|Abstract:||The accuracy, characterization, and completeness of the U.S. Geological Survey (USGS) peak-flow data drive the determination of flood-frequency estimates that are used daily to design water and transportation infrastructure, delineate flood-plain boundaries, and regulate development and utilization of lands throughout the Nation and are essential to understanding the implications of climate change on flooding. Indeed, this high-profile database reflects and highlights the quality of USGS water-data collection programs. Its extension and improvement are essential to efforts to strengthen USGS networks and science leadership and is worthy of the attention of Water Science Center (WSC) hydrographers.
This document describes a computer program, PFReports, and its output that facilitates efficient and robust review and correction of data in the USGS Peak Flow File (PFF) hosted as part of NWISWeb (the USGS public Web interface to much of the data stored and managed within the National Water Information System or NWIS). Checks embedded in the program are recommended as part of a more comprehensive assessment of peak flow data that will eventually include examination of possible regional changes, seasonal changes, and decadal variations in magnitude, timing, and frequency. Just as important as the comprehensive assessment, cleaning up the database will increase the likelihood of improved WSC regional flood-frequency equations. As an example of the value of cleaning up the PFF, data for 26,921 sites in the PFF were obtained. Of those sites, 17,542 sites had peak streamflow values and daily values. For the 17,542 sites, 1,097 peaks were identified that were less than the daily value for the day on which the peak occurred. Of the 26,921 sites, 11,643 had peak streamflow values, concurrent daily values, and at least 10 peaks. At the 11,643 sites, 2,205 peaks were identified as potential outliers in a regression of peak streamflows on daily values.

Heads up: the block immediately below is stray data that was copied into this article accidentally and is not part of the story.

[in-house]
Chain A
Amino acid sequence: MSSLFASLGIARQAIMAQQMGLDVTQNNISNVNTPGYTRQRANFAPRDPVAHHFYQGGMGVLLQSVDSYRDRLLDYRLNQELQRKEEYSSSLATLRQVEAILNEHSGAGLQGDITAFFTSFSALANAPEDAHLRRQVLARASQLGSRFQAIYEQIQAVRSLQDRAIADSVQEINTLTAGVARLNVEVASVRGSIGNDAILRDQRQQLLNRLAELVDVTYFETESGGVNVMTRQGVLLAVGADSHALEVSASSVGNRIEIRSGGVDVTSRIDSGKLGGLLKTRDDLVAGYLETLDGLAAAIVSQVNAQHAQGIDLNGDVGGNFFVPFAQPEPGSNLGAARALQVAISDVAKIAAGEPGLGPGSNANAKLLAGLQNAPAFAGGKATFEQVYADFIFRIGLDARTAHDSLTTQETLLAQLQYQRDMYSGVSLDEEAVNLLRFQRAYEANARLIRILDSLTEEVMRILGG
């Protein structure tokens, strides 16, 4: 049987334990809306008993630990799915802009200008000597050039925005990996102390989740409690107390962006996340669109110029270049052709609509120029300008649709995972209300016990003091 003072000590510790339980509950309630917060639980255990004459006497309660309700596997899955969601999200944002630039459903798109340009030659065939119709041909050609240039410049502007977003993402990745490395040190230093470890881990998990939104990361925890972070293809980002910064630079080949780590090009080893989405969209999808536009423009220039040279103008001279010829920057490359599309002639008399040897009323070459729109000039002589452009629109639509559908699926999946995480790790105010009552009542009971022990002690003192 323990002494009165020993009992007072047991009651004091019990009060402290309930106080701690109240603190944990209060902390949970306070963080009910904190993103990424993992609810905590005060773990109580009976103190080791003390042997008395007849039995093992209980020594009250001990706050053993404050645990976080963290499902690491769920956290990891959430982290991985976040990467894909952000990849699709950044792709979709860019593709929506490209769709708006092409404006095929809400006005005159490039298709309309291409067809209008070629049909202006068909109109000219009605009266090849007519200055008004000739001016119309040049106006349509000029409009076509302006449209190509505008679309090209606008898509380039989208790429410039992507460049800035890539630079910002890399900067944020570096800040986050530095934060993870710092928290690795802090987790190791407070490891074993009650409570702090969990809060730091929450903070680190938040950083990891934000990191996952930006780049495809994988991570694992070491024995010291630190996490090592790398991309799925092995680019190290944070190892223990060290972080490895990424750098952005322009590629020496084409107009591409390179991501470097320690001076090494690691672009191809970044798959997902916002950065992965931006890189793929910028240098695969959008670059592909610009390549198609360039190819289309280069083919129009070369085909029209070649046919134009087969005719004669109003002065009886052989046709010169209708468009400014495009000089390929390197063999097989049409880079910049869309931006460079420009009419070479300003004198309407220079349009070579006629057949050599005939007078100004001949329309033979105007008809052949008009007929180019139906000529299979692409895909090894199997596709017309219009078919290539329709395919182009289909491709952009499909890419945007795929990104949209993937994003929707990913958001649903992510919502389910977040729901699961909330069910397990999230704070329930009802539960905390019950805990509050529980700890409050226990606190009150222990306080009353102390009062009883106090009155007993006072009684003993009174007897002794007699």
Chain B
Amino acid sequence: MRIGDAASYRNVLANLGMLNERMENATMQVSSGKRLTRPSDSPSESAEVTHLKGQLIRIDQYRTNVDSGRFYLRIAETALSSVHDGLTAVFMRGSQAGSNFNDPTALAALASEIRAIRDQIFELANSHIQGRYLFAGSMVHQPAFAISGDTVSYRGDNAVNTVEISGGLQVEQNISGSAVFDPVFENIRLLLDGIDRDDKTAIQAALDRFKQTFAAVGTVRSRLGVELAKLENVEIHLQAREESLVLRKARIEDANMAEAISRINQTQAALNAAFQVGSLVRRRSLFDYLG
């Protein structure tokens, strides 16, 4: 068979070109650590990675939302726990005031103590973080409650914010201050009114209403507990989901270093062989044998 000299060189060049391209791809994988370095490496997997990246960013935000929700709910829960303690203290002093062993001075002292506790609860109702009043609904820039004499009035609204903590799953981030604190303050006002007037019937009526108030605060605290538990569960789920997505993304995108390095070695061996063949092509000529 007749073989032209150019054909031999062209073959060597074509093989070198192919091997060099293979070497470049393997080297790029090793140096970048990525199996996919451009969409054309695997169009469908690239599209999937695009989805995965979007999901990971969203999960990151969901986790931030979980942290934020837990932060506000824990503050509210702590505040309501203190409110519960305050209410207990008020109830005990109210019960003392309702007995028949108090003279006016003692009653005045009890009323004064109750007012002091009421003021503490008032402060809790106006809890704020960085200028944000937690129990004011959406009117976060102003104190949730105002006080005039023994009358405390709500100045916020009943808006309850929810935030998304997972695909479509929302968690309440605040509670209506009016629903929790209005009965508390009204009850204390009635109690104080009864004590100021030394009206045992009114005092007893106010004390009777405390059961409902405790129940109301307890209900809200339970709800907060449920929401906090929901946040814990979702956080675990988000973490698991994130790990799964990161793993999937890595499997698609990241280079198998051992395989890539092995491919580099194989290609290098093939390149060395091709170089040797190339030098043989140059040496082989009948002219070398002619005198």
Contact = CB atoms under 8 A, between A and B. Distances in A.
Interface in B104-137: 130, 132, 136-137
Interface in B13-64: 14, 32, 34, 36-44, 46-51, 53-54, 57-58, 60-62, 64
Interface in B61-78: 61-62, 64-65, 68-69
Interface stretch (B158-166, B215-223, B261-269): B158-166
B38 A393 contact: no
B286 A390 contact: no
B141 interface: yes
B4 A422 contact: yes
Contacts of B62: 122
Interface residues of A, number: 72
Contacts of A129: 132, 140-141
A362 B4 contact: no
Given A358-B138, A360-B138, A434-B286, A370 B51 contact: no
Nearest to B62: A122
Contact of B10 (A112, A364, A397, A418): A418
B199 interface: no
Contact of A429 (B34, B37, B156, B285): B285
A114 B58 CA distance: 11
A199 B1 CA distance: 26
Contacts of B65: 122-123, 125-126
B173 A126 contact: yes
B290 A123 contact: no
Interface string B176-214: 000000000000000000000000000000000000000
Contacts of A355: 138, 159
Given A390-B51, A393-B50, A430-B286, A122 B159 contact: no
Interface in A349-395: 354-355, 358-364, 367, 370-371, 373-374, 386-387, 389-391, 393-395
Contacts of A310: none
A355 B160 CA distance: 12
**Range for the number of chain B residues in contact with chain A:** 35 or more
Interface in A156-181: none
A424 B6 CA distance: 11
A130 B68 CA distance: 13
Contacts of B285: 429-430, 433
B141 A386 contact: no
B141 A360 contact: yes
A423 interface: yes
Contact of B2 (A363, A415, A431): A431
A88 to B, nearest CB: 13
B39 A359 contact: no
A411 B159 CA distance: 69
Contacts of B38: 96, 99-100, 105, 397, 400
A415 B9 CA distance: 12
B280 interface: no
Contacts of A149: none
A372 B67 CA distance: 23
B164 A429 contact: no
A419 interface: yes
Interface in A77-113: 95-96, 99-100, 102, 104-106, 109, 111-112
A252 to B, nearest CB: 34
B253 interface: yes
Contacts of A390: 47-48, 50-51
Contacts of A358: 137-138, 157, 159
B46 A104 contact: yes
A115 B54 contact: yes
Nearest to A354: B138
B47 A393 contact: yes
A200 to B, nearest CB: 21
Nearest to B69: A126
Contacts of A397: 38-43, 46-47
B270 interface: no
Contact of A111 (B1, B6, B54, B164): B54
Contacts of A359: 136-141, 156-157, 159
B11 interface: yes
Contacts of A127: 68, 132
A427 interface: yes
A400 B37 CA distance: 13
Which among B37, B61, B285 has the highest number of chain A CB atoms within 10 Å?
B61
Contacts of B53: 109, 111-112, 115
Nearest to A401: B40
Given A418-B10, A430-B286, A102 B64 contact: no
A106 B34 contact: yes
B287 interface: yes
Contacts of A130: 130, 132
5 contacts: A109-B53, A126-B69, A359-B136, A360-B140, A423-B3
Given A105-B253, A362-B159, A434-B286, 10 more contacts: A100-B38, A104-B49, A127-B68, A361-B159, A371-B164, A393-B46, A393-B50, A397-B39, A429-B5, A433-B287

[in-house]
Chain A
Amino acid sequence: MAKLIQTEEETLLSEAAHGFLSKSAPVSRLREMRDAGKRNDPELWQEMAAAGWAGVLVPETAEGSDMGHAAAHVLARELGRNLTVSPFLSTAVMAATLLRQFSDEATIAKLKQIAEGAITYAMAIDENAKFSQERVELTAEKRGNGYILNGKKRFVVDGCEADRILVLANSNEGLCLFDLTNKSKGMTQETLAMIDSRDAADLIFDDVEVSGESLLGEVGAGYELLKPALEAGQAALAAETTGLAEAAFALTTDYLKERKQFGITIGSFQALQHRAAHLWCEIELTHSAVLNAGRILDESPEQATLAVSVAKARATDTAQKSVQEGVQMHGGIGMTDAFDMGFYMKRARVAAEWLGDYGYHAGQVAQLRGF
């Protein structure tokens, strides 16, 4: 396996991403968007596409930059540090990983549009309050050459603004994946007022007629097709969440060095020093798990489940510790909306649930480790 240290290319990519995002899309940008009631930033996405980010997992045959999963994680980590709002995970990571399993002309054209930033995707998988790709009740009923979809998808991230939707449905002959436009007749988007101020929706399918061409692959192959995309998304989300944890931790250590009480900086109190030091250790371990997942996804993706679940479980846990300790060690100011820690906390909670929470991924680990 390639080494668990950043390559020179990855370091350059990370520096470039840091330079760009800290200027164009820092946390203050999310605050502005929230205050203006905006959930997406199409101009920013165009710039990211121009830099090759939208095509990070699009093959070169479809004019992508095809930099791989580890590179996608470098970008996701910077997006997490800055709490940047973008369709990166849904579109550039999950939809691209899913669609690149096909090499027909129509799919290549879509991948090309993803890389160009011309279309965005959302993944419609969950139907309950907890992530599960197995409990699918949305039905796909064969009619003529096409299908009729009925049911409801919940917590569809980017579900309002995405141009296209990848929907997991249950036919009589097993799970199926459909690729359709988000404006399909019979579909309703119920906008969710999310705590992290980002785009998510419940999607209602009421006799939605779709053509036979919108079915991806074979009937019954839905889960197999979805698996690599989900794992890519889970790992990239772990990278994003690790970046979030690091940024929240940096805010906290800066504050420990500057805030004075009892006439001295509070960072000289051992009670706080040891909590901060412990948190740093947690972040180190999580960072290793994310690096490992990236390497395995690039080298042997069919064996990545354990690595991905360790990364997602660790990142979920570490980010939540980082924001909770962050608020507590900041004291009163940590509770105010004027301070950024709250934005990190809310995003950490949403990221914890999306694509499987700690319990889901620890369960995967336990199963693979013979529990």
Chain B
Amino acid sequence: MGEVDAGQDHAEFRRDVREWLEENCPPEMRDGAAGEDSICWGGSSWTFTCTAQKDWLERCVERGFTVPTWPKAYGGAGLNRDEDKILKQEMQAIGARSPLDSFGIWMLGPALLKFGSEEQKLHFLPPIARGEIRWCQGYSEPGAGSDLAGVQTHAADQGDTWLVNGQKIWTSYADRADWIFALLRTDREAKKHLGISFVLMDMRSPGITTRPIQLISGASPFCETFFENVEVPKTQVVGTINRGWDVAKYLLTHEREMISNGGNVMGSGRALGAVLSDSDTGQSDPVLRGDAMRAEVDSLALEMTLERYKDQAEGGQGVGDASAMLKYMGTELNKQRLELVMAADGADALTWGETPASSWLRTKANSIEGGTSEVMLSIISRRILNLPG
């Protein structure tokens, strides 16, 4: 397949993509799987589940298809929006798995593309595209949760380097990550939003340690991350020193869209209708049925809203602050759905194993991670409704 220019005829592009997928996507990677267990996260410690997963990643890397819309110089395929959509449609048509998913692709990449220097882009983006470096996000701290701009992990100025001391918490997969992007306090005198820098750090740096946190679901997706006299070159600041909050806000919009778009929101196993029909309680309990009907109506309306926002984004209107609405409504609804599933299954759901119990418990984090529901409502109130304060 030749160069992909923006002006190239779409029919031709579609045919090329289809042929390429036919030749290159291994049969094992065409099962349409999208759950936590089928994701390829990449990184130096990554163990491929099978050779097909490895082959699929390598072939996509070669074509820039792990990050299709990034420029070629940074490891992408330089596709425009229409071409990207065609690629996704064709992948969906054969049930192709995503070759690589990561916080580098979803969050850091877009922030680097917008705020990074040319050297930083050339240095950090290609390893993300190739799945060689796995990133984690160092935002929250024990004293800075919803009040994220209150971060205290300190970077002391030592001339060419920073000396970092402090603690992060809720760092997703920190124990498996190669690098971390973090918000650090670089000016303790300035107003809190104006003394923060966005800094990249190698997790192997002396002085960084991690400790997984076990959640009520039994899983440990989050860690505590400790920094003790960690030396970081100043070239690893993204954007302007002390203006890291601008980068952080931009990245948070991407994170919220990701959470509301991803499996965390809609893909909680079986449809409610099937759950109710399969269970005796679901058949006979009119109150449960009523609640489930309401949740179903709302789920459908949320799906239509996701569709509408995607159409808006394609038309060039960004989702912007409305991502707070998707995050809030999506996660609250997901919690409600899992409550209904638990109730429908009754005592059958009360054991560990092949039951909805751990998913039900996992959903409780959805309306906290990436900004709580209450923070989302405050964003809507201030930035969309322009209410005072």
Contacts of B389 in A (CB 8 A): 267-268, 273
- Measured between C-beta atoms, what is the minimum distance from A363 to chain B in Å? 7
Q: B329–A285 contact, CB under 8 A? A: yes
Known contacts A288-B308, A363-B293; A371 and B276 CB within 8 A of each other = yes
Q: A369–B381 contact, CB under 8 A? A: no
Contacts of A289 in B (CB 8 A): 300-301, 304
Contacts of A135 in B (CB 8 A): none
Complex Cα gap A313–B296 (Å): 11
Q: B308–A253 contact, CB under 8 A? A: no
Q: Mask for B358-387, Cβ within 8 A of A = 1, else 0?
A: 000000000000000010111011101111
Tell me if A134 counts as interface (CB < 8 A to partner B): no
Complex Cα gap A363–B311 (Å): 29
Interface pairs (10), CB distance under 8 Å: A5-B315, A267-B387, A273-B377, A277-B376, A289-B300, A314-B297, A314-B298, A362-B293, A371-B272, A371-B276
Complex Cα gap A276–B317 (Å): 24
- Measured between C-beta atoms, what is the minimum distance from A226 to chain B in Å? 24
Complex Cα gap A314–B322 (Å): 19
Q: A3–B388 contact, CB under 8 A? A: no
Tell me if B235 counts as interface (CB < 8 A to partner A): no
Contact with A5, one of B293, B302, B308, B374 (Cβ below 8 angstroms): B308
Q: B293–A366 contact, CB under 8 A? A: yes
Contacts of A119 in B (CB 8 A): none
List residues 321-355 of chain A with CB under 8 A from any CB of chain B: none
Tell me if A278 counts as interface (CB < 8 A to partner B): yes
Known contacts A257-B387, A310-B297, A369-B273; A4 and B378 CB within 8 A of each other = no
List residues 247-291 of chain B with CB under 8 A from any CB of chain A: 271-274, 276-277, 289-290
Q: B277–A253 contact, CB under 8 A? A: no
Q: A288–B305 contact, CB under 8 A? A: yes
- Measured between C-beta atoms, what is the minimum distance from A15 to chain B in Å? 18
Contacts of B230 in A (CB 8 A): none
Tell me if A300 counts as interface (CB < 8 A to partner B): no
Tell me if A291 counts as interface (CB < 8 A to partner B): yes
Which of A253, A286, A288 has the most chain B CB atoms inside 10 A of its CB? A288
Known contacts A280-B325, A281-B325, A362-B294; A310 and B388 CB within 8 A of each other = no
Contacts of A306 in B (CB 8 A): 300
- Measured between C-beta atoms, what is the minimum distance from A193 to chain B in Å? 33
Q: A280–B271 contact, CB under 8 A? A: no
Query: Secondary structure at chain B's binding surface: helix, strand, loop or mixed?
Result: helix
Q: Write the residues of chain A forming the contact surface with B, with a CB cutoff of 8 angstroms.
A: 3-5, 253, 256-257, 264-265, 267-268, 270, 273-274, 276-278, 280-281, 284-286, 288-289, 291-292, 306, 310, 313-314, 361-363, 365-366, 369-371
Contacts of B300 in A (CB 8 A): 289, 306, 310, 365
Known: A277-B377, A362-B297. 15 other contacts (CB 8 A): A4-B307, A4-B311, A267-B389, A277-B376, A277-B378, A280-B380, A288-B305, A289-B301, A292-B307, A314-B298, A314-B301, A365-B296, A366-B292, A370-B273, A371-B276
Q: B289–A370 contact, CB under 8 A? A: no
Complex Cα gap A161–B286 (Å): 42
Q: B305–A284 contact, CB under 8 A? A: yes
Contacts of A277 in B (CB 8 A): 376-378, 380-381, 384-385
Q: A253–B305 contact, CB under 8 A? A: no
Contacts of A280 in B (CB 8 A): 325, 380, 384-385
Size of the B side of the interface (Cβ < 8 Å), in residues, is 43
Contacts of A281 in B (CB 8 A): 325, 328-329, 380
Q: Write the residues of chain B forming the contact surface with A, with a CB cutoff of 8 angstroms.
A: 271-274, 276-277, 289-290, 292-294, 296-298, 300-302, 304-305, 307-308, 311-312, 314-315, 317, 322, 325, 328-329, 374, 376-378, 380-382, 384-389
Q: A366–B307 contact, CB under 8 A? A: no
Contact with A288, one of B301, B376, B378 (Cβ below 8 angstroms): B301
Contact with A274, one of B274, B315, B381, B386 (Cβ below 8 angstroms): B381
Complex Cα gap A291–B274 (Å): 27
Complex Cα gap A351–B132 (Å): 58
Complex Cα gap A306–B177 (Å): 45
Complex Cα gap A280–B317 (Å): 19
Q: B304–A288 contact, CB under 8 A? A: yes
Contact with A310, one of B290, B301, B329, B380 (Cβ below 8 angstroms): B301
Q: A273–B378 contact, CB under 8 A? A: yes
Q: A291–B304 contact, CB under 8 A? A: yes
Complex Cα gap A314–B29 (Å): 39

Previous efforts to identify problems with the PFF were time consuming, laborious, and often ineffective. This new suite of checks represents an effort to automate identification of specific problems without plotting or printing large amounts of data that may not have problems. In addition, the results of the checks of the peak flow files are delivered through the World Wide Web with links to individual reports so that WSCs can focus on specific problems in an organized and standardized fashion.
Over the years, technical reviews, regional-flood studies, and user inquiries have identified many minor and some major problems in the PFF. However, the cumbersome nature of the PFF editor and a lack of analytical tools have hampered efforts at quality assurance/quality control (QA/QC) and subsequently to make needed revisions to the database.
This document is organized to provide information regarding PFReports, especially those tests involving regression and to provide an overview of the review procedures for utilizing the output. It also may be used as a reference for the data qualification codes and abbreviations for the tests. Results of the checks for all peak flow files (March 2008) are available at http://nd.water.usgs.gov/internal/pfreports/.